Rings of Saturn - Ultu Ulla (Nuclear Blast)

Vai and Malmsteen on steroids and crack...
Release Date: 
27 Jul 2017 - 11:30pm

Arguably this is not music in the ordinary sense of the word, it's more like the sound of the universe folding in on itself. The band's fourth album is perhaps a tad less chaotic than their previous stuff but is still magnificently frenzied. Opener Servant of this Sentience is guitar tapping wizardry at its finest (I did hear a rumour that guitarists Lucas Mann and Miles Dimitri Baker don't actually have fingers but instead have a series of miniature Gandalfs in place of traditional digits hence their powerful guitar magick). The track is somehow widdly, slamming and technically brilliant all at once...alien death core what not, indeed...and the break-downs are Meshuggah-esque in their magnificence. How the hell do you follow that one up?

Why, with the almost groove-funk joy-times of Parallel Shift, that's how. Ian Bearer grunts and moans all over the shop while all manner of spacey synth and fat riff come at you from all angles - and there's that splendid finger tapping/popping joy! I take it back; Ultu Ulla is just as mad as its predecessors but perhaps the chaos is more focussed? Either way, this is insane stuff; I'm being sucked out into deep space and I like it. Now it's time to get all flamenco with Unhallowed, a beautiful instrumental that only goes for the briefest of moments before launching into the spastic riffage of Immemorial Essence. Now that's chaotic. I must nod sagely in drummer Aaron Stechauner's direction for his work on the kit throughout the album. It's incredible, especially when mixed in with the guitar work of Mann and Baker. Rather bizarrely The Relic (at least to my ear) has similarities with a lot of classic NWOBH tunes - that is until it goes all proper mental brutality with an almost black metal screechy bit. This kind of track really does show off the band's desire to expand and it arouses me terribly.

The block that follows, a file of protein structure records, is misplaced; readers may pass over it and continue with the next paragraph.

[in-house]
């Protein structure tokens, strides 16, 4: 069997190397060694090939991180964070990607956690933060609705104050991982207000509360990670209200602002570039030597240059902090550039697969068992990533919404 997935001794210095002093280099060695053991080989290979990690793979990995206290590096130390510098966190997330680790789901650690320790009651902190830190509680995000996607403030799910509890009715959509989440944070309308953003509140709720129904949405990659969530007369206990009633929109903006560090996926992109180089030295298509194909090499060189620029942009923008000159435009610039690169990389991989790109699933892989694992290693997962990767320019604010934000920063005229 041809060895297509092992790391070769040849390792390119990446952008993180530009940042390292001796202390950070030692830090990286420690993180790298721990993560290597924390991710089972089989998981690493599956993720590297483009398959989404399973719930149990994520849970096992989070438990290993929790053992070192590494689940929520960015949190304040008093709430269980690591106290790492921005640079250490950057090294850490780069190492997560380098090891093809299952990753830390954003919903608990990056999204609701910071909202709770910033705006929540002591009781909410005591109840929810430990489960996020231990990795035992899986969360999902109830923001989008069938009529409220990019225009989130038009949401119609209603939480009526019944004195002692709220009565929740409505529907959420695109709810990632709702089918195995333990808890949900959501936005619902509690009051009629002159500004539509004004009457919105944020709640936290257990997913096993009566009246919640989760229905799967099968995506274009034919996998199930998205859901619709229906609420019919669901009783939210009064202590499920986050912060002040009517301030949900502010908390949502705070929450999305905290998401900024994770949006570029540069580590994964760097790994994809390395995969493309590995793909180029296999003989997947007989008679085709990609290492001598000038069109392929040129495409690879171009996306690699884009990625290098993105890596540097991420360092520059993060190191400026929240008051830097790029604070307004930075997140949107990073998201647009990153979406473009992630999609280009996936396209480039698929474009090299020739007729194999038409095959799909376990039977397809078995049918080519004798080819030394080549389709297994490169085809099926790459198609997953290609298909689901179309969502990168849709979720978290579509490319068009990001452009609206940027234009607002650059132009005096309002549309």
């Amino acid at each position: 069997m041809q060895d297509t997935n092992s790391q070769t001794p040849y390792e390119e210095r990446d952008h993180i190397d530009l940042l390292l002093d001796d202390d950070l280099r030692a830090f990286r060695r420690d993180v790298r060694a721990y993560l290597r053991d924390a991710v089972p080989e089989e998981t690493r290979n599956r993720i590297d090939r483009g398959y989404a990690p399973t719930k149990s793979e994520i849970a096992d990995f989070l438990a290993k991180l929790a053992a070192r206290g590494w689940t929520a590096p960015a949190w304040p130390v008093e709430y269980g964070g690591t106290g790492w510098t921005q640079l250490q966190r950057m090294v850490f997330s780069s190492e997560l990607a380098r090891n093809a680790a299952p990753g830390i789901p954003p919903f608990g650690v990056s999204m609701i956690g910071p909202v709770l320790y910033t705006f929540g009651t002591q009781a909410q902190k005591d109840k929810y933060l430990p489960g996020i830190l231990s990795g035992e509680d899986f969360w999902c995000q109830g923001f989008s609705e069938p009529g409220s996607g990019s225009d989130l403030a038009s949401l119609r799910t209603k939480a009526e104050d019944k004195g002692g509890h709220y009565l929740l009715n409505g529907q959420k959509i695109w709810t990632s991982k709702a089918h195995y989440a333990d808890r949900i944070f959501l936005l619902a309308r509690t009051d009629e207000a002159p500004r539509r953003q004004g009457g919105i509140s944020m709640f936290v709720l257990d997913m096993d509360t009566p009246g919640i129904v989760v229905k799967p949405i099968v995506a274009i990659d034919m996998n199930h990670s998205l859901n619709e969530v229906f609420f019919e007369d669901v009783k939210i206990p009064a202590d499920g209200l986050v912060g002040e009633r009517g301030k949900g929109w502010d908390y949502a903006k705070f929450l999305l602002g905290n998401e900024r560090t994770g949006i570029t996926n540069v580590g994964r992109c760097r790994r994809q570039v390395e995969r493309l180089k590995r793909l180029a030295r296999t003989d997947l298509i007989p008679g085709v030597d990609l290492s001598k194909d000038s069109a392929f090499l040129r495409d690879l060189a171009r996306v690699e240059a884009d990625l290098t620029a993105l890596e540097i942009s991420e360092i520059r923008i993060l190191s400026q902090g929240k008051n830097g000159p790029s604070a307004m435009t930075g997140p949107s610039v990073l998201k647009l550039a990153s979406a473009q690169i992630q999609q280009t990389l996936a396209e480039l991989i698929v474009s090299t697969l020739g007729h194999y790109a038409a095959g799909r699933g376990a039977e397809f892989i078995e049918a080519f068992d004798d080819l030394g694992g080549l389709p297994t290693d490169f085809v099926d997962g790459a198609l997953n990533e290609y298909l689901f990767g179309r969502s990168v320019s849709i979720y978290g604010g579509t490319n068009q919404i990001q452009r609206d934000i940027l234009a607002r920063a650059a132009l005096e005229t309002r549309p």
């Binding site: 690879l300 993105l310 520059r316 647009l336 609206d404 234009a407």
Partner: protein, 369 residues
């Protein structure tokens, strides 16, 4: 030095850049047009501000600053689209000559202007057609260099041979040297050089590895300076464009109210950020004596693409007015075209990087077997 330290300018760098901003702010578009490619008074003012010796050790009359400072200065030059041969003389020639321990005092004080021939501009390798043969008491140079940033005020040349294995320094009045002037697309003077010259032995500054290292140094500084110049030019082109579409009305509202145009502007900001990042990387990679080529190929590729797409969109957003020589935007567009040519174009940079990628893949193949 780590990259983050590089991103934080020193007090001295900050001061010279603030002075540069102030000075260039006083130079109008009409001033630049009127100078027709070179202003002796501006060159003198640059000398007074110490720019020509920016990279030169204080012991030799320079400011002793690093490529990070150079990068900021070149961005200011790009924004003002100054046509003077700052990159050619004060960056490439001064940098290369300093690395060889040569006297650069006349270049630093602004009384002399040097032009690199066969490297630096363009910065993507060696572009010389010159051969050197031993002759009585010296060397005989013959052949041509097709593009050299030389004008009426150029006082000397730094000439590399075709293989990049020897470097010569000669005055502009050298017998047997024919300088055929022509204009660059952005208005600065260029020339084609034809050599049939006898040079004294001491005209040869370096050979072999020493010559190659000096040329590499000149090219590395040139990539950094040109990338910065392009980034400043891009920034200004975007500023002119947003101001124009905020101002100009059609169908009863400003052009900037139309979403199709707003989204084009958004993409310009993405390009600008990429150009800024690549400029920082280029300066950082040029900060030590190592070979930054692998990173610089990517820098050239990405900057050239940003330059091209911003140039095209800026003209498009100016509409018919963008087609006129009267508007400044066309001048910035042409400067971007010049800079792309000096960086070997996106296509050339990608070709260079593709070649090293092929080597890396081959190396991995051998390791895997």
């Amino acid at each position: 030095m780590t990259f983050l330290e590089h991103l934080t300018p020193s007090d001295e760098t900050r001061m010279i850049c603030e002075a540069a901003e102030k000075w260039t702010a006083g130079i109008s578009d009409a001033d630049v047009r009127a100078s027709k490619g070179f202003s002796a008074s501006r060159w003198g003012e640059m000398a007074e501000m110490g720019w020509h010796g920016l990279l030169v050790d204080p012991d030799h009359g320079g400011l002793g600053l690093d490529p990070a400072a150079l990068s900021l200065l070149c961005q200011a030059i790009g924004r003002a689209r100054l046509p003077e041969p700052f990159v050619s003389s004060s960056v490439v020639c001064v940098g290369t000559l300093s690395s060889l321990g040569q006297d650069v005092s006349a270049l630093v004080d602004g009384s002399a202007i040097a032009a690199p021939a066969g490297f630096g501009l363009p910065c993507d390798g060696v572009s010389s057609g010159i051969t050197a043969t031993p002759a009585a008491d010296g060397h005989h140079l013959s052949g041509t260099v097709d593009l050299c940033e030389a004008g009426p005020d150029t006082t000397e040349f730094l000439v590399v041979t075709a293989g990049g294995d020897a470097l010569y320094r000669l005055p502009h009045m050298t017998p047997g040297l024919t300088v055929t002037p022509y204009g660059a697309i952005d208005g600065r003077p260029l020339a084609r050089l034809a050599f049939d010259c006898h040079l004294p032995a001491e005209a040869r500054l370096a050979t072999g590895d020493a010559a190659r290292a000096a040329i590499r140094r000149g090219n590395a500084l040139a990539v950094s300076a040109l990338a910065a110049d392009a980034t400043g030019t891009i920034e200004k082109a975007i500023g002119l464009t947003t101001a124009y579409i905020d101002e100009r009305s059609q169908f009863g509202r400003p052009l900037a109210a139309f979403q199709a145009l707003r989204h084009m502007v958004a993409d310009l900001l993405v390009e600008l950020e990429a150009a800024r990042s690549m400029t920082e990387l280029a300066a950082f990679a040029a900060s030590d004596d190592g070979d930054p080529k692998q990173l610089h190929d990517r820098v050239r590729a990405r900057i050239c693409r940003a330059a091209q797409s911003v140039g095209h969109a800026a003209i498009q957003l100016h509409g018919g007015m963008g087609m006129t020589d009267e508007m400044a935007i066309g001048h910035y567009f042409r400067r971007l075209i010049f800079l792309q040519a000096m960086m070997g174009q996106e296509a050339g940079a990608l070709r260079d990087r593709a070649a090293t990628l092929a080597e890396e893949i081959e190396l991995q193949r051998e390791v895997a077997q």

I was looking for a bit of a breather at this point in the album but Margidda said 'no' and bent my world with its heinous slams. My Word! I've gone into the future...Harvest is all spooky carnival clowns and glorious distortion (again, there's an almost black metal feel to the heavier guitar parts). The breathing space finally arrives (well, kind of) with The Macrocosm which starts mellow, goes mad, and then has some gorgeously proggy gentle points. Deep breaths...and relax...there's something so reassuringly familiar about this track; 70's prog, anyone? All semblance of calmness is thrown in the bin with Prognosis Confirmed while closer Inadequate is like a psychotic jazz-cat on a bad acid trip. A fine and fitting end to a well fruity album. Top marks, you space-cadets.